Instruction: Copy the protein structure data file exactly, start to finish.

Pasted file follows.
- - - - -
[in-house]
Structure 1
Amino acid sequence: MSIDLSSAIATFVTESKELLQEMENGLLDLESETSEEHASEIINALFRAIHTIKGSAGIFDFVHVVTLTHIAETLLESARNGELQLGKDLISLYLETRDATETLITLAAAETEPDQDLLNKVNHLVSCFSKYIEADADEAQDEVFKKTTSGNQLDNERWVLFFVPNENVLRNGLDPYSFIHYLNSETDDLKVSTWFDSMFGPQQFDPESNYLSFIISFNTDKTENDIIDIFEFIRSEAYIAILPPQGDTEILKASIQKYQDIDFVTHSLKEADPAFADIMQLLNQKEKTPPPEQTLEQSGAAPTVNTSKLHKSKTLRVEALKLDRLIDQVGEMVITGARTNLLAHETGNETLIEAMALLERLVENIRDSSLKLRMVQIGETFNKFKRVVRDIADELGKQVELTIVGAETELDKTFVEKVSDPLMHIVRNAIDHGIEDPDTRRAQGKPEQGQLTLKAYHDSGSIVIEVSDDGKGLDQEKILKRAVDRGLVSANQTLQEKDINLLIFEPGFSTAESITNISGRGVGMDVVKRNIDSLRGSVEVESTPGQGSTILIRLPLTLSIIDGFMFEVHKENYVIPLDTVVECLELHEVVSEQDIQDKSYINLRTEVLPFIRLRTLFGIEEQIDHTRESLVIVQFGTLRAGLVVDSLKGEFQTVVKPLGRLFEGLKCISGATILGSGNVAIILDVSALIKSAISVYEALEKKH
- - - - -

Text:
[in-house]
Structure 1
Amino acid sequence: MSIDLSSAIATFVTESKELLQEMENGLLDLESETSEEHASEIINALFRAIHTIKGSAGIFDFVHVVTLTHIAETLLESARNGELQLGKDLISLYLETRDATETLITLAAAETEPDQDLLNKVNHLVSCFSKYIEADADEAQDEVFKKTTSGNQLDNERWVLFFVPNENVLRNGLDPYSFIHYLNSETDDLKVSTWFDSMFGPQQFDPESNYLSFIISFNTDKTENDIIDIFEFIRSEAYIAILPPQGDTEILKASIQKYQDIDFVTHSLKEADPAFADIMQLLNQKEKTPPPEQTLEQSGAAPTVNTSKLHKSKTLRVEALKLDRLIDQVGEMVITGARTNLLAHETGNETLIEAMALLERLVENIRDSSLKLRMVQIGETFNKFKRVVRDIADELGKQVELTIVGAETELDKTFVEKVSDPLMHIVRNAIDHGIEDPDTRRAQGKPEQGQLTLKAYHDSGSIVIEVSDDGKGLDQEKILKRAVDRGLVSANQTLQEKDINLLIFEPGFSTAESITNISGRGVGMDVVKRNIDSLRGSVEVESTPGQGSTILIRLPLTLSIIDGFMFEVHKENYVIPLDTVVECLELHEVVSEQDIQDKSYINLRTEVLPFIRLRTLFGIEEQIDHTRESLVIVQFGTLRAGLVVDSLKGEFQTVVKPLGRLFEGLKCISGATILGSGNVAIILDVSALIKSAISVYEALEKKH